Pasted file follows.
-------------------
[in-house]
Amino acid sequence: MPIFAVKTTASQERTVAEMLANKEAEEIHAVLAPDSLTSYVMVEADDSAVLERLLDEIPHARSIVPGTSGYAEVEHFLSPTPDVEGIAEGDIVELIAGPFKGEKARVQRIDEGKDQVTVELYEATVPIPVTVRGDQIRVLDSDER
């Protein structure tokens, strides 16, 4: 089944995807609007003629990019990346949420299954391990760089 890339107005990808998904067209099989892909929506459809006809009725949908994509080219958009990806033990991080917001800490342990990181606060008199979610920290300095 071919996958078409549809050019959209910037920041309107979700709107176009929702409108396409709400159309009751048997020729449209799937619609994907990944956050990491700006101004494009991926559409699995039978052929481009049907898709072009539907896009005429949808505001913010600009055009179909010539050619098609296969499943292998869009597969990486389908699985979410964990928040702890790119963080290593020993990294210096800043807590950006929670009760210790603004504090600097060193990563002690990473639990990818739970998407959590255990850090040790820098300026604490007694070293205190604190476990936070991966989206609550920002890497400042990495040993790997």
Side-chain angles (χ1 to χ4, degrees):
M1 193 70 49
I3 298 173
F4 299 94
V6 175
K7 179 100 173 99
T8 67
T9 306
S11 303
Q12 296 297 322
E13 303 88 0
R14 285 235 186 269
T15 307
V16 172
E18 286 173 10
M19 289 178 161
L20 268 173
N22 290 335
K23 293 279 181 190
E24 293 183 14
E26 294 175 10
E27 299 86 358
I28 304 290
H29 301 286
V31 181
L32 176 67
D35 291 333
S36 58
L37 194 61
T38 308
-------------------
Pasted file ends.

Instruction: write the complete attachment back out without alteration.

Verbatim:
[in-house]
Amino acid sequence: MPIFAVKTTASQERTVAEMLANKEAEEIHAVLAPDSLTSYVMVEADDSAVLERLLDEIPHARSIVPGTSGYAEVEHFLSPTPDVEGIAEGDIVELIAGPFKGEKARVQRIDEGKDQVTVELYEATVPIPVTVRGDQIRVLDSDER
């Protein structure tokens, strides 16, 4: 089944995807609007003629990019990346949420299954391990760089 890339107005990808998904067209099989892909929506459809006809009725949908994509080219958009990806033990991080917001800490342990990181606060008199979610920290300095 071919996958078409549809050019959209910037920041309107979700709107176009929702409108396409709400159309009751048997020729449209799937619609994907990944956050990491700006101004494009991926559409699995039978052929481009049907898709072009539907896009005429949808505001913010600009055009179909010539050619098609296969499943292998869009597969990486389908699985979410964990928040702890790119963080290593020993990294210096800043807590950006929670009760210790603004504090600097060193990563002690990473639990990818739970998407959590255990850090040790820098300026604490007694070293205190604190476990936070991966989206609550920002890497400042990495040993790997």
Side-chain angles (χ1 to χ4, degrees):
M1 193 70 49
I3 298 173
F4 299 94
V6 175
K7 179 100 173 99
T8 67
T9 306
S11 303
Q12 296 297 322
E13 303 88 0
R14 285 235 186 269
T15 307
V16 172
E18 286 173 10
M19 289 178 161
L20 268 173
N22 290 335
K23 293 279 181 190
E24 293 183 14
E26 294 175 10
E27 299 86 358
I28 304 290
H29 301 286
V31 181
L32 176 67
D35 291 333
S36 58
L37 194 61
T38 308